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Service Providers are Taking Control of the Mobile Payment Ecosystem
Recent announcements have increased the interest to think about a cloud-based alternative solution. Many service providers (SPs) have forced the payment industry to rethink payment mechanisms from a technical point of view. Indeed, the complexity of most of the new innovative payment solutions has delayed massive deployments and generated negative perception among potential consumers. As a result, interest in Host Card Emulation (HCE) has increased as this alternative solution provides a greater flexibility and a better time to market. This research service covers hot topics regarding cloud-based payment, shows the market trend, provides threat analysis and offers alternative forecasts for the market.
In the third quarter of 2013, Android announced the release of the latest Android Operating System named KitKat. This new version of the operating system proposes a set of functionalities that allow software developers to emulate a smartcard. However, it was only during the Mobile World Congress (MWC) 2014 in Barcelona that Visa and MasterCard decided to officially support this initiative. The message was clear. Both financial institutions were stating that supporting the Android initiative would open the closed near field communication (NFC) ecosystem to applications developers. At the same time, it would boost the uptake of NFC. However, the two firms also claimed that they would continue to support and recommend the use of hardware secure element (embedded or SIM-based).
This announcement came as a real shocker for the telecommunication industry. The expected value chain: mobile network operators (MNOs), trusted service managers (TSMs), banks and financial institutions were threatened by software vendors. Definitively, the mobile payment ecosystem became a fragmented market.
The payment industry is constantly evolving as traditional business models, consumer habits, and pricing models appear on a monthly basis. As a result, alliances and standardization organisation are trying to keep their existing business by addressing messages that are only polluting a possible “single industry voice”. Unfortunately, the result is devastating, as mobile payment adoption is really low as compared to market expectations. This is not a surprise as the key target, consumer, is not (or poorly) addressed.
This analysis will answer the following questions for a global audience:
Could the recent cloud-based payment announcement influence the payment industry?
Is there a specific need for the payment industry to use cloud-based services?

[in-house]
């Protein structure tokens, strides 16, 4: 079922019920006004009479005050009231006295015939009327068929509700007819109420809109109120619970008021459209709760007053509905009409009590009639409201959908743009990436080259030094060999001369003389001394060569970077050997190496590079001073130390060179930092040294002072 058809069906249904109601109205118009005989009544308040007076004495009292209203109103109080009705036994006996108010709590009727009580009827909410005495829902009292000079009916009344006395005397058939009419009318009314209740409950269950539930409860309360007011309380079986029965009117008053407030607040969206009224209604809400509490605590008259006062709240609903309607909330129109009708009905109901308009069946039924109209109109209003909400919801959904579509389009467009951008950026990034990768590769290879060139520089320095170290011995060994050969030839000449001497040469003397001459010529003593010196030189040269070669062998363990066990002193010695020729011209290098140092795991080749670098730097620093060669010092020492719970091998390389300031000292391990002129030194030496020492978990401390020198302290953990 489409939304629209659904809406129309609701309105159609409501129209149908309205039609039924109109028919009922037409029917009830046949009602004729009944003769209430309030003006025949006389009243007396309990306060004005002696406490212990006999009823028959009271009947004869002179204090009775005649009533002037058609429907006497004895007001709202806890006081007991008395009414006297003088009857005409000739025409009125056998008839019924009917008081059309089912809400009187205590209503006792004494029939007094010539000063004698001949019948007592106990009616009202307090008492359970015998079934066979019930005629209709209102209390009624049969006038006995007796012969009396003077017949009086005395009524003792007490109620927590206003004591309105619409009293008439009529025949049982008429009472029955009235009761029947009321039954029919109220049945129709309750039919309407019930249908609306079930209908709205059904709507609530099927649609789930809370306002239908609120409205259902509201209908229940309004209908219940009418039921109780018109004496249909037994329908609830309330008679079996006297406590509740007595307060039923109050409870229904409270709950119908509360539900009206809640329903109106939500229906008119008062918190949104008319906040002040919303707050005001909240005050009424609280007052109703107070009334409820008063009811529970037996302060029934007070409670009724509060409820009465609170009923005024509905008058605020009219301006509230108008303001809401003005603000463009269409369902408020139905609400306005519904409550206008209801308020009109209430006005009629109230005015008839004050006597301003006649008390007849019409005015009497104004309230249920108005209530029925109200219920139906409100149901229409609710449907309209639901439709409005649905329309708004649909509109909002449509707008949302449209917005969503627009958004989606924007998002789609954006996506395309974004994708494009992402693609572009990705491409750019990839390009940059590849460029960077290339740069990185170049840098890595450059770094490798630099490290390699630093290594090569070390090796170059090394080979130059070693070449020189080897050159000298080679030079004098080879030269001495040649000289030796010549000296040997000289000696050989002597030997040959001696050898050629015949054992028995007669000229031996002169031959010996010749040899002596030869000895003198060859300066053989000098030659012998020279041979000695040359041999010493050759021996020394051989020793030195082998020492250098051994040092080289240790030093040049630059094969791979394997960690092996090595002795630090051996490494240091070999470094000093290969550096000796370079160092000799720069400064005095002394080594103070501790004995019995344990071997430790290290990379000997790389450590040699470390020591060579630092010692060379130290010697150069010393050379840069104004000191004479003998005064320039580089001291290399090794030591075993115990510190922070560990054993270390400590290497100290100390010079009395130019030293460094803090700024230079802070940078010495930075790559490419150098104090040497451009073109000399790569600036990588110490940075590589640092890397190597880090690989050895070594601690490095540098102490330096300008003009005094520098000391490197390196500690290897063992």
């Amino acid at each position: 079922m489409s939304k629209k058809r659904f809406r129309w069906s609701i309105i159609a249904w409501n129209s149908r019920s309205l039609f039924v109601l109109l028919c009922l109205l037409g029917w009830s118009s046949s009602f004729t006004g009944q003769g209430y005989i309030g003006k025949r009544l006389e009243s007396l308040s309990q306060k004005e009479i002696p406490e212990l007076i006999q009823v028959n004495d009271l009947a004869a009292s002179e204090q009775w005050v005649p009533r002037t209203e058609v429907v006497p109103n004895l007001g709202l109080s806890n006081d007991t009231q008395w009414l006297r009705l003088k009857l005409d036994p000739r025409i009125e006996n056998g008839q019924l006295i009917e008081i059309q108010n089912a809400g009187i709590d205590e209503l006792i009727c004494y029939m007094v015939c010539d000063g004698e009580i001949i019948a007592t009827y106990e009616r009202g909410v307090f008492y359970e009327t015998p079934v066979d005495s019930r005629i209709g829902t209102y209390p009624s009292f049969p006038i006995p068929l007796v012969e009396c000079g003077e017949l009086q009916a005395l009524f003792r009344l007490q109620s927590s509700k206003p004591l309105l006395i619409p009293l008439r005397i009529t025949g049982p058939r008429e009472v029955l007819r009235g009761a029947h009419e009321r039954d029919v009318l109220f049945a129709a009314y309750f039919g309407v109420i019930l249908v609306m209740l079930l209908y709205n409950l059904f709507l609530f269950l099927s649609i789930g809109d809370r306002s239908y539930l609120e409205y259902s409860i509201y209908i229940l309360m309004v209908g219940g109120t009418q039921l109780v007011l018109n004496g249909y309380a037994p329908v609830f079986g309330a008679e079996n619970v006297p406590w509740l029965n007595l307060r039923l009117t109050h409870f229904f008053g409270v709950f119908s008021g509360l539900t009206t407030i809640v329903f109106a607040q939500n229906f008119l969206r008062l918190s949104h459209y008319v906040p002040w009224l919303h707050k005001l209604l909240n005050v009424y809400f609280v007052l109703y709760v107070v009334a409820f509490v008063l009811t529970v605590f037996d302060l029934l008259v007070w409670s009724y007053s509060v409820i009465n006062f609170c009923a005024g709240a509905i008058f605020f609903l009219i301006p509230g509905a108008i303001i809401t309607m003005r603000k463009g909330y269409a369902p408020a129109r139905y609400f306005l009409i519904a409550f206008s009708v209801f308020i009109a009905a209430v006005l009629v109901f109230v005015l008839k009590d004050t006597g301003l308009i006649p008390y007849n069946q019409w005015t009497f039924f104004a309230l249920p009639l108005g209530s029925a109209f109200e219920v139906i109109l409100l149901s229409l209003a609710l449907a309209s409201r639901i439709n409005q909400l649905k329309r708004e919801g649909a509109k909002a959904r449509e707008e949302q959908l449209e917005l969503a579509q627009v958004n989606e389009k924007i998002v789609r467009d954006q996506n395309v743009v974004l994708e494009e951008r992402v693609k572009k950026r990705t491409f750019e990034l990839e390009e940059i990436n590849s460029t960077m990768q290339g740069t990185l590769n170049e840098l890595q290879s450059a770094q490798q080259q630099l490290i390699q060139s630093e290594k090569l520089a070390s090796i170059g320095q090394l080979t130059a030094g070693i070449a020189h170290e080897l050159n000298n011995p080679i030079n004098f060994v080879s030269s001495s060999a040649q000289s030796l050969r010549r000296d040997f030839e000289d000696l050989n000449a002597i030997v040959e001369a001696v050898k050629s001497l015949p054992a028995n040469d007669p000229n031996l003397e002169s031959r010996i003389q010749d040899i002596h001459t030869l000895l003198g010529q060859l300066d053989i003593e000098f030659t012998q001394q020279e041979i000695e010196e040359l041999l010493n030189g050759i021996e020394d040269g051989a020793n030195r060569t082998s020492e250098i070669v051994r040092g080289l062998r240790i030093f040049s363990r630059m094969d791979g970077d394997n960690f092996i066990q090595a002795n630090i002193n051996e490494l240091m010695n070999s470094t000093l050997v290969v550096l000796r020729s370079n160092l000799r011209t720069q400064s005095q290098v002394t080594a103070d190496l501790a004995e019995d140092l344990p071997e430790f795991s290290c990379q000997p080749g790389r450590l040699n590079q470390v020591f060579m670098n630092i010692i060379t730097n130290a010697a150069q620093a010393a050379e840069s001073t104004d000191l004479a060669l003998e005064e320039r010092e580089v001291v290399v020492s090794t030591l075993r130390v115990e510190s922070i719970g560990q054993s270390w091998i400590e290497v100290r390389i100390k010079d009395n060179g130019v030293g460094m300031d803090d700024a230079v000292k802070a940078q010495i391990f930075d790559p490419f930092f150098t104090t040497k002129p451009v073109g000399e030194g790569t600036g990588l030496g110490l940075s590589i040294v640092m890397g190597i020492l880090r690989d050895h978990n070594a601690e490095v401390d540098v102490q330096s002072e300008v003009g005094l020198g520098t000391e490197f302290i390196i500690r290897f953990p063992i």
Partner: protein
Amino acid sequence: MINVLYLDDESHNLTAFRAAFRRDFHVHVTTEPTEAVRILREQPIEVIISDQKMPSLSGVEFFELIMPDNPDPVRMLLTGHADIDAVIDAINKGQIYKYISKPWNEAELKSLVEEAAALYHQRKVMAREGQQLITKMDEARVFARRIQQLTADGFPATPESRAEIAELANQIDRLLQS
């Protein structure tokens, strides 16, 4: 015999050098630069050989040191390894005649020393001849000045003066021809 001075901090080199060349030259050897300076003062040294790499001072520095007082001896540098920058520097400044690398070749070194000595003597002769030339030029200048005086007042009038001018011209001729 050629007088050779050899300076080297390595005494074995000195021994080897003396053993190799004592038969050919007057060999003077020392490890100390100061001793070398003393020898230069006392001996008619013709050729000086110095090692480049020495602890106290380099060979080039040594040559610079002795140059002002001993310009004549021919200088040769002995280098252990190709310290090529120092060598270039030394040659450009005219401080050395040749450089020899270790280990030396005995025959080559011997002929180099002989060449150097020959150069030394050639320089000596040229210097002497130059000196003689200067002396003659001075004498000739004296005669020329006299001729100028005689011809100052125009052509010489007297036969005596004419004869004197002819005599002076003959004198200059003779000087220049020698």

Financial services are investing in ICT (Information and Communication Technology) to adapt their existing development strategy to innovation. The concept is to optimize the spending by adapting technology innovation to specific industry requirements. Frost & Sullivan estimates that the ICT spending on financial services in Europe will expand at a % compound annual growth rate (CAGR) from 2013 to 2017. These investments are driven by IT services and hardware spending with a likely total of € billion in 2017.
Aligning innovative technologies to industry requirements allows the market to reduce total investments. This is particularly true when the innovation is based on mobile and new mobility usages. The initial investment for adapting IT services to mobile needs is significant but the return on investment (ROI) is quick and consumer’s feedback is particularly positive. Finally, this is a win-win approach where the financial institution could minimize the spending based on client account management while proposing a technology approach with mobile banking and associated services.
A similar vision could be expanded to the payment ecosystem. Indeed, a cloud-based solution offers great opportunity to create a bigger portfolio while significantly reducing associated costs regarding communication, hosting, or access to the services or software. Cloud-based solutions generated a new range of opportunities for the payment industry.
Recent announcements have increased the interest to consider a cloud-based alternative solution. Many service providers have forced the payment industry to rethink payment mechanisms from a technical point of view. Indeed, the complexity of most of new innovative payment solutions has delayed massive deployments and generated negative perception to potential consumers.
As a result, alternative payment solutions appeared with two major roles:
To reduce time to market and implementation cost
To offer convenience and flexibility with a security level that fits usage requirements
There are many different stakeholders involved in a cloud-based proposition. They can come from a variety of industries, such as:
Smart Card Manufacturers: Companies that traditionally provide services for smart cards personalization. These participants used their SE (Secured Element) capabilities as well as NFC, TSM, payment scheme capabilities.
Software Solution Providers: These companies handle software that was impacted by the mobile evolution (financial services, provisioning, personalization, and security). Many have expanded their portfolios to enter the security market with appropriated cloud-based solutions such as host card emulation (HCE) or tokenization.
Payment Processor: Traditionally, these companies process any type of payment. The emergence of mobile payments gave them an opportunity to increase their footprint in the mobile ecosystem.
Service Providers: Banks and financial institutions were reluctant in the past to compromise with the security level during the payment process. The slow near field communication (NFC) adoption has forced these market participants to adapt their strategy and to find a mix between security, convenience, and adoption.
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